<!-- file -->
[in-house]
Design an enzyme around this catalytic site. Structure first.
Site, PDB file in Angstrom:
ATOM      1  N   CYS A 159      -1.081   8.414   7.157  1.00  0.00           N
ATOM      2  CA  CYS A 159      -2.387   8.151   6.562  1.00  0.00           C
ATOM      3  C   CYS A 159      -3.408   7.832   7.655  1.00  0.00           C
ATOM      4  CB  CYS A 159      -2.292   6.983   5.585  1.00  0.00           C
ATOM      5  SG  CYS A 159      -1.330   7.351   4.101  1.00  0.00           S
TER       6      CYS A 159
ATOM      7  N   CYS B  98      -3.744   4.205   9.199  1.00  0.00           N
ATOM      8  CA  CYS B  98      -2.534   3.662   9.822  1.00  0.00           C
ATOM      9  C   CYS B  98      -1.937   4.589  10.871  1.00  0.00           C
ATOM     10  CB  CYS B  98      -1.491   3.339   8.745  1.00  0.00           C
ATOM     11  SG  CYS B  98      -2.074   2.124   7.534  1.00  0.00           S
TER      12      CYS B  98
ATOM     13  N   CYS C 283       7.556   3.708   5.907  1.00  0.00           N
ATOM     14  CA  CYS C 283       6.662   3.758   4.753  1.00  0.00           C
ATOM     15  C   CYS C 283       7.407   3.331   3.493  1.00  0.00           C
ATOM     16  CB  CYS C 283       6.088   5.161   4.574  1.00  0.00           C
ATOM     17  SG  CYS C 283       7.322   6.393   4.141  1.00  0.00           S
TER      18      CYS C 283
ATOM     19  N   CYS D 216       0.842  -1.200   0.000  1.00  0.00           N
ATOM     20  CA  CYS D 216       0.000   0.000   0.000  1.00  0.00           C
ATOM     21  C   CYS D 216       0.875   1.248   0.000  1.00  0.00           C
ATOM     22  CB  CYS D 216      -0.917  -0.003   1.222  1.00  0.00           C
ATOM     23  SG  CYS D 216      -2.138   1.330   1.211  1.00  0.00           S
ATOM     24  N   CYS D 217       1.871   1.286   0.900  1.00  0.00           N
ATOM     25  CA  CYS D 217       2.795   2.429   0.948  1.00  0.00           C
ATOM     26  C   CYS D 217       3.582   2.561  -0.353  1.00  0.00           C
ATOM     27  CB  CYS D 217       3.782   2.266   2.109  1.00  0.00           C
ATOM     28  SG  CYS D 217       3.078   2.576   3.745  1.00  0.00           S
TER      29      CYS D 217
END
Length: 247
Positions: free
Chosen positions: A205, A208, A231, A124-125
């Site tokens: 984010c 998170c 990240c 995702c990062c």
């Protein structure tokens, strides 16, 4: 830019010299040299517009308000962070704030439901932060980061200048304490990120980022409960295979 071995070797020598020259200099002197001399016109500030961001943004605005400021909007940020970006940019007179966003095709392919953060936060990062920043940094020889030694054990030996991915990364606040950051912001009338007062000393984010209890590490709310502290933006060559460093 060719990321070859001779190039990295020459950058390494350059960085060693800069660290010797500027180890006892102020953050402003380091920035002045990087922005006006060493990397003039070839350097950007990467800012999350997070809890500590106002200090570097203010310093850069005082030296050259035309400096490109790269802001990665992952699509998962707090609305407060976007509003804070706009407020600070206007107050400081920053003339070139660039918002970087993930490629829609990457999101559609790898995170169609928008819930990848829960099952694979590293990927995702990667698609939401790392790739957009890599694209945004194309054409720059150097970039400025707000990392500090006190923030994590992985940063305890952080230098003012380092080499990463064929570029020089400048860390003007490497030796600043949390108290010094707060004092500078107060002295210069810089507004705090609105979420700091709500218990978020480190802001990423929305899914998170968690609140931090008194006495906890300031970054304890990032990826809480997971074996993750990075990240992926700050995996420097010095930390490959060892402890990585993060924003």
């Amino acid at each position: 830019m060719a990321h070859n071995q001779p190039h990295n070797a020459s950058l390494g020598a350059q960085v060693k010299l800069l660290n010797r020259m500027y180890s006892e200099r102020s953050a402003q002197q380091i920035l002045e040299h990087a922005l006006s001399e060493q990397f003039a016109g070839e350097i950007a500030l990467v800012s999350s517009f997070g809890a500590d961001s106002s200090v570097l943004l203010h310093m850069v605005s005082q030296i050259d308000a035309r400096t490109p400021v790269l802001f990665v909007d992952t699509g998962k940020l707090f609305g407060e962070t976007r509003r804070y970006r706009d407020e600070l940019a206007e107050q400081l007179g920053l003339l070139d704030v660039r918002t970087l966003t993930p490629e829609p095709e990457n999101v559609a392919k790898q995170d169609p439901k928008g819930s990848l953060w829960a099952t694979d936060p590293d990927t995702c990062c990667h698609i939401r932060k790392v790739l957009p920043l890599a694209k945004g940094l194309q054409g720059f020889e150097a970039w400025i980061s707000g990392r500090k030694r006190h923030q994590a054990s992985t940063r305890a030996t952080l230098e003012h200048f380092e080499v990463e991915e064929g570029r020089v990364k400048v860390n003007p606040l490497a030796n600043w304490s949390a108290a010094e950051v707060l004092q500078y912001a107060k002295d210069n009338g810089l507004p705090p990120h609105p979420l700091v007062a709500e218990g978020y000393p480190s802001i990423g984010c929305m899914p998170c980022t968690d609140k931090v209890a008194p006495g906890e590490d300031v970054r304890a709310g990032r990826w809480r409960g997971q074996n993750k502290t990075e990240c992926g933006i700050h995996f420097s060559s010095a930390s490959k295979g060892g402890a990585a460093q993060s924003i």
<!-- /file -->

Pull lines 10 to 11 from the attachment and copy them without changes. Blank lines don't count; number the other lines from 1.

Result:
ATOM      7  N   CYS B  98      -3.744   4.205   9.199  1.00  0.00           N
ATOM      8  CA  CYS B  98      -2.534   3.662   9.822  1.00  0.00           C